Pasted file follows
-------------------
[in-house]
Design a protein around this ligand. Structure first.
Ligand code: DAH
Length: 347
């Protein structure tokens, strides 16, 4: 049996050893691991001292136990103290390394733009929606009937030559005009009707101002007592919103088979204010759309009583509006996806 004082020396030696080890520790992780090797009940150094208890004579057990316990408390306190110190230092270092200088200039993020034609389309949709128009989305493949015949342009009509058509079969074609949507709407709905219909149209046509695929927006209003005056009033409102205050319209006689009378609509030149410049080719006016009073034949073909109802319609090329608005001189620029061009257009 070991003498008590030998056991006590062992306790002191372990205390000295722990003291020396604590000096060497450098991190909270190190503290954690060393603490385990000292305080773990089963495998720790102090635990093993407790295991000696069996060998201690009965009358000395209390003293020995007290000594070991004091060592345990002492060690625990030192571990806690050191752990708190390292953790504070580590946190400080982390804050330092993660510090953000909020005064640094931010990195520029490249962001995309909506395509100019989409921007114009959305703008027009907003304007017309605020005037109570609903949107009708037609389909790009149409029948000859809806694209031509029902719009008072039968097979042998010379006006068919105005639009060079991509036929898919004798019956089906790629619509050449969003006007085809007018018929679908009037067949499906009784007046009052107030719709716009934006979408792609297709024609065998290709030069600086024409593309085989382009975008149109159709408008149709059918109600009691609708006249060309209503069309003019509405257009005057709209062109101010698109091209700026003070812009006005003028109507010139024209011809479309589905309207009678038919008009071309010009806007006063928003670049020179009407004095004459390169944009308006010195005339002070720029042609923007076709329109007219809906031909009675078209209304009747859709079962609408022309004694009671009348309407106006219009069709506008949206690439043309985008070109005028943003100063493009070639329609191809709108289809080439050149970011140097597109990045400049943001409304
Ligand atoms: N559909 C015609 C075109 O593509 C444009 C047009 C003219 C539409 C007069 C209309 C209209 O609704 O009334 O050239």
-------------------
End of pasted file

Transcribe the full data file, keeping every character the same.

[in-house]
Design a protein around this ligand. Structure first.
Ligand code: DAH
Length: 347
């Protein structure tokens, strides 16, 4: 049996050893691991001292136990103290390394733009929606009937030559005009009707101002007592919103088979204010759309009583509006996806 004082020396030696080890520790992780090797009940150094208890004579057990316990408390306190110190230092270092200088200039993020034609389309949709128009989305493949015949342009009509058509079969074609949507709407709905219909149209046509695929927006209003005056009033409102205050319209006689009378609509030149410049080719006016009073034949073909109802319609090329608005001189620029061009257009 070991003498008590030998056991006590062992306790002191372990205390000295722990003291020396604590000096060497450098991190909270190190503290954690060393603490385990000292305080773990089963495998720790102090635990093993407790295991000696069996060998201690009965009358000395209390003293020995007290000594070991004091060592345990002492060690625990030192571990806690050191752990708190390292953790504070580590946190400080982390804050330092993660510090953000909020005064640094931010990195520029490249962001995309909506395509100019989409921007114009959305703008027009907003304007017309605020005037109570609903949107009708037609389909790009149409029948000859809806694209031509029902719009008072039968097979042998010379006006068919105005639009060079991509036929898919004798019956089906790629619509050449969003006007085809007018018929679908009037067949499906009784007046009052107030719709716009934006979408792609297709024609065998290709030069600086024409593309085989382009975008149109159709408008149709059918109600009691609708006249060309209503069309003019509405257009005057709209062109101010698109091209700026003070812009006005003028109507010139024209011809479309589905309207009678038919008009071309010009806007006063928003670049020179009407004095004459390169944009308006010195005339002070720029042609923007076709329109007219809906031909009675078209209304009747859709079962609408022309004694009671009348309407106006219009069709506008949206690439043309985008070109005028943003100063493009070639329609191809709108289809080439050149970011140097597109990045400049943001409304
Ligand atoms: N559909 C015609 C075109 O593509 C444009 C047009 C003219 C539409 C007069 C209309 C209209 O609704 O009334 O050239």